E-Readers Versus Books

With the rise in the popularity of e-readers and Kindles, everyone has an opinion on whether they are the best thing since sliced pan or a doomsday threat to our society and culture. Maybe the most noise from the latter camp is Jonathan Franzen’s asinine statements to curry media favour but there still are some arguments which place paper books and e-books into a false dichotomy of one being better than the other.

The crux of the anti-ereader argument stems from the idea of an ebook not being the real thing or the true experience of a book. The first problem is what exactly is a ‘real’ book? It is important to define whether a book is just the text which we read or includes the means by which we read the text. Is a book therefore defined by the medium in which we read it? For me, a book is no more than the sum of the words contained within its paper pages or electronic formatting, and the means by which I read it are merely a matter of convenience and availability.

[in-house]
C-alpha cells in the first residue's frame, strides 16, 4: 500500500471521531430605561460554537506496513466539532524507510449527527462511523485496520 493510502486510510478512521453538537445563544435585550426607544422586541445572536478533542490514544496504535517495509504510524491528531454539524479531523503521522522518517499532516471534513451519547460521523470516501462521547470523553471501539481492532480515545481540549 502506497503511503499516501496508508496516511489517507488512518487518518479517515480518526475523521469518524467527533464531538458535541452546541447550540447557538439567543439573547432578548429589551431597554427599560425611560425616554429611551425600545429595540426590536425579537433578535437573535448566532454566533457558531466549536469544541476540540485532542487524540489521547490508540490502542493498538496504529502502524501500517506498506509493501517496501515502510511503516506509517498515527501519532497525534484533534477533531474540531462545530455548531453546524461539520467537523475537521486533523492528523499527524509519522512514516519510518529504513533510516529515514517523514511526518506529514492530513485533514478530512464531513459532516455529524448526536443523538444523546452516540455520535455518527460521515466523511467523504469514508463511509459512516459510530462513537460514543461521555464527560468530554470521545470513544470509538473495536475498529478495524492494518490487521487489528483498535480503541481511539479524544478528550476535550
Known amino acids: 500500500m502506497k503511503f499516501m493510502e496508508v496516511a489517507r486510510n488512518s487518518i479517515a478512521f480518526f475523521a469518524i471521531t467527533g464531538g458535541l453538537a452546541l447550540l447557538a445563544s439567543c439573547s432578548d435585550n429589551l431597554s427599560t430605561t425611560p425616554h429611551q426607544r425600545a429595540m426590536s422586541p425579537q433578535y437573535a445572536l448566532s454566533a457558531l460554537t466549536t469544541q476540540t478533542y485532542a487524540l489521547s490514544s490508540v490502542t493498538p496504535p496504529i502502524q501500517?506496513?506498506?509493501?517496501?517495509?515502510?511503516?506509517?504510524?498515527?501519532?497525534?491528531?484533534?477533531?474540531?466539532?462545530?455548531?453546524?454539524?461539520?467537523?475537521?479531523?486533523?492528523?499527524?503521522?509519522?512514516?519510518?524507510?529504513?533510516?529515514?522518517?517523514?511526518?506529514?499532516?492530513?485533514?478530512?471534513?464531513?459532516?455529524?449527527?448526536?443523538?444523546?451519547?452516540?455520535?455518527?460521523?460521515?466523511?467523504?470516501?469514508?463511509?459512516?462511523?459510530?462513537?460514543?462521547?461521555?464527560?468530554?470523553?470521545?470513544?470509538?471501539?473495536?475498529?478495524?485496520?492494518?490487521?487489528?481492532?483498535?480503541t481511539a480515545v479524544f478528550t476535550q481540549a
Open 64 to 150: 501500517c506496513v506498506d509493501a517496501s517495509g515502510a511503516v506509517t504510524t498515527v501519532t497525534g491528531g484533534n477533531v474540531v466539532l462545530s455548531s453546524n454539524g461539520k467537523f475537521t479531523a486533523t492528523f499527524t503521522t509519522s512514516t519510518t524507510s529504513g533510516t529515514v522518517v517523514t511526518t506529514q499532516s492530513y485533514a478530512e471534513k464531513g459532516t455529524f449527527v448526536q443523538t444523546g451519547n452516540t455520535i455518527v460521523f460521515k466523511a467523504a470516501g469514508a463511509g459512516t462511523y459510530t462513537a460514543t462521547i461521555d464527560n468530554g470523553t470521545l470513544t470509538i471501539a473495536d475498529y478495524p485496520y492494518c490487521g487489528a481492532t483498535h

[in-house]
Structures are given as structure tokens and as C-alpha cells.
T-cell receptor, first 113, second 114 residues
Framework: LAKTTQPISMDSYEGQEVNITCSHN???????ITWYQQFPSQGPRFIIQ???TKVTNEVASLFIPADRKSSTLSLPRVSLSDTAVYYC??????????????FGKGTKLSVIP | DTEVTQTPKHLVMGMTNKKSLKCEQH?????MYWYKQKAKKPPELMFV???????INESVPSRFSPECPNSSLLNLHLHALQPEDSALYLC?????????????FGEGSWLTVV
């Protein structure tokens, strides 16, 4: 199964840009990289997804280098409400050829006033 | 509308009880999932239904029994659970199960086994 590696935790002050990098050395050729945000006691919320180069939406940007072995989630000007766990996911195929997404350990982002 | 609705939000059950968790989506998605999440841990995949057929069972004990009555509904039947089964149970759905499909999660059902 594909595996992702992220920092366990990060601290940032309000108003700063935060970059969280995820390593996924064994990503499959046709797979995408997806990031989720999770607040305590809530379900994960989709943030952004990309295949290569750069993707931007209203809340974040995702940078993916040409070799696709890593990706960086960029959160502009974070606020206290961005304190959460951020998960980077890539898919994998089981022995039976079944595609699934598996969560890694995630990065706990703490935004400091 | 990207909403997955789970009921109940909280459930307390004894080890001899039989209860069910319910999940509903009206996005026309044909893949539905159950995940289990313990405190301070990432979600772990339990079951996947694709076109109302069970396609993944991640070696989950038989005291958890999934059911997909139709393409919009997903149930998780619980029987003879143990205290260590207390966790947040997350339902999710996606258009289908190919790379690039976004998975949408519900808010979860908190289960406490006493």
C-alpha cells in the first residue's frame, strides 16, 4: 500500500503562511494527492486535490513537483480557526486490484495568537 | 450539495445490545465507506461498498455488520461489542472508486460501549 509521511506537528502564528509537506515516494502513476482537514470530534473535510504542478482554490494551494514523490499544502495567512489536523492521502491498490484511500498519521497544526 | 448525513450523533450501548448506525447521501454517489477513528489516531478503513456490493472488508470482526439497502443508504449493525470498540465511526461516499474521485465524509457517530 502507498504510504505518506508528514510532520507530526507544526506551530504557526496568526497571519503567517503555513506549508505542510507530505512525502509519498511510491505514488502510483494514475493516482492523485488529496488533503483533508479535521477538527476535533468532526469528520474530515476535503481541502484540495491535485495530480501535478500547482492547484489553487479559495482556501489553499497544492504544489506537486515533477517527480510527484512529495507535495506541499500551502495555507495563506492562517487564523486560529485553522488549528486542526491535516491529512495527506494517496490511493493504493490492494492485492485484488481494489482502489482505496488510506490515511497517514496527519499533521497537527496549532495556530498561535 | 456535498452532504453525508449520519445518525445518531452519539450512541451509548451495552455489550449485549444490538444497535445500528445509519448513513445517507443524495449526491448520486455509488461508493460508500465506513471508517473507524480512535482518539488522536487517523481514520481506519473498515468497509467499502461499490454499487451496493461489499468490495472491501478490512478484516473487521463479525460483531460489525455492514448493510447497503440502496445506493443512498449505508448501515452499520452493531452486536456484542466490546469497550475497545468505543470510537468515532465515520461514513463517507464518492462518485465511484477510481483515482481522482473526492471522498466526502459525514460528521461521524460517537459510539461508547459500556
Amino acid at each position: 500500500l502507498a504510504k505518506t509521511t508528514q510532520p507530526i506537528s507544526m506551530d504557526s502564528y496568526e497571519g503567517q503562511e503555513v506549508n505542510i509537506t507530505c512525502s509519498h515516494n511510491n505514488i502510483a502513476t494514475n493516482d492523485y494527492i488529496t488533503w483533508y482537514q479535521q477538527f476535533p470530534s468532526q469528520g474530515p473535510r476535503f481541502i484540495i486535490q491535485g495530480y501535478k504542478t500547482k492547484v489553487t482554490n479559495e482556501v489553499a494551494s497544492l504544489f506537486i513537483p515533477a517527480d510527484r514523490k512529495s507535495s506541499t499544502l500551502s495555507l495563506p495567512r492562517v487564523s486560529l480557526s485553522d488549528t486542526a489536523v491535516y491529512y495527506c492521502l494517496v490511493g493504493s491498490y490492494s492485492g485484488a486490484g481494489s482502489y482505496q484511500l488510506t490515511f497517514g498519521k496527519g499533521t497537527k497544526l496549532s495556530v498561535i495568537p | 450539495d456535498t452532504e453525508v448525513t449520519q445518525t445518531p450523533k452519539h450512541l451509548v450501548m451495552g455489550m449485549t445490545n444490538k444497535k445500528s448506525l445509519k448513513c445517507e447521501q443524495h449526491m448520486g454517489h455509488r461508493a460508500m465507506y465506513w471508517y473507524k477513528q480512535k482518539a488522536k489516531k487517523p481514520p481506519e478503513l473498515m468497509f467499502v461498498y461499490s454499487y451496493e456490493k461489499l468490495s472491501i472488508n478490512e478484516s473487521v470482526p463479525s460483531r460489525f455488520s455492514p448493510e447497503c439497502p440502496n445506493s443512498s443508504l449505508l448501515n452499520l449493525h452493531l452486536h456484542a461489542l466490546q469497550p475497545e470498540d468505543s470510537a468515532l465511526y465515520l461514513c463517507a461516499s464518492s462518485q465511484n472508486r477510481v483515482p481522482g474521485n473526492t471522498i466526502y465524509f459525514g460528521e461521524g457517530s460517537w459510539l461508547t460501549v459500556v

An addendum to this ‘real experience’ argument concerns the tactile nature of books; fetishing the page-turn of a new book or the smell of old books. These are truly lovely things but sometimes, the glimpse of matte metal, the crisp contrast of a E Ink Pearl display and a memory card filled with hundreds of books can fill me with just as much happiness.

Another argument is missing searching around the bookshop or library for a much-loved novel from your childhood or stumbling across new book from a favourite author. The thing is that when you purchase an e-reader, you don’t sign a contract binding you to buy only e-books from now on. Bookshops and libraries aren’t off limits, and I’m guessing for most users of e-readers and Kindles, still are a regular trip.

E-Readers, like most technology, are meant to make your life more practical and manageable. Instead of straining your shoulder muscles carrying heavy books around in your handbag or having to choose between books for a weekend away, e-readers and Kindles offer a practical solution. If you want to start building a small library, buy a book in paper format, or if you are going to read a book once and forget about it, buy the e-book version.

Instead of arguing about whether we are being authentic by reading paper or modern and up-to-date by using technology, lets celebrate our shared love of words. Most importantly, read!

One thought on “E-Readers Versus Books

  1. Pingback: The importance of paper books | Chris Vera

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